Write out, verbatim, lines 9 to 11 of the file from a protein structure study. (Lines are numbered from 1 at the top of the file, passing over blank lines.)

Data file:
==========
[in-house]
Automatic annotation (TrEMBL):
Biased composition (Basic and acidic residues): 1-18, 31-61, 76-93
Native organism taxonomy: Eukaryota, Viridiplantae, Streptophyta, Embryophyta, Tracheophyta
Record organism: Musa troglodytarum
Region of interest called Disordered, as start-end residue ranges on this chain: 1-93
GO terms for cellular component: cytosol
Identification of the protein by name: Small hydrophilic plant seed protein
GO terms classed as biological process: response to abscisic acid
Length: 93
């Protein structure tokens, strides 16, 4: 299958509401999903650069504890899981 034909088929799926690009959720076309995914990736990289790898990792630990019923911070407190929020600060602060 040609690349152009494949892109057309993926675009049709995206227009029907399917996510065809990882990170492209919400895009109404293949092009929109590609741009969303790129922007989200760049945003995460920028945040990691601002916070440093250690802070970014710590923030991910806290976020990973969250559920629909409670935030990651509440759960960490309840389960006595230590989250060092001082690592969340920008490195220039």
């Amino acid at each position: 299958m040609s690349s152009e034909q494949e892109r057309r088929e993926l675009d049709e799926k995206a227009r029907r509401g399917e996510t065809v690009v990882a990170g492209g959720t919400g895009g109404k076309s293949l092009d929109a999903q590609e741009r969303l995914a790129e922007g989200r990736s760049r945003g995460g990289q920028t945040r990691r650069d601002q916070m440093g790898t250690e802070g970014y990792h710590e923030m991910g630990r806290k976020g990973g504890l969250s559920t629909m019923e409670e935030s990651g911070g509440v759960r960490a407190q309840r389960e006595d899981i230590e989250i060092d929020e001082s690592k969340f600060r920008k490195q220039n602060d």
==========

GO terms classed as biological process: response to abscisic acid
Length: 93
């Protein structure tokens, strides 16, 4: 299958509401999903650069504890899981 034909088929799926690009959720076309995914990736990289790898990792630990019923911070407190929020600060602060 040609690349152009494949892109057309993926675009049709995206227009029907399917996510065809990882990170492209919400895009109404293949092009929109590609741009969303790129922007989200760049945003995460920028945040990691601002916070440093250690802070970014710590923030991910806290976020990973969250559920629909409670935030990651509440759960960490309840389960006595230590989250060092001082690592969340920008490195220039």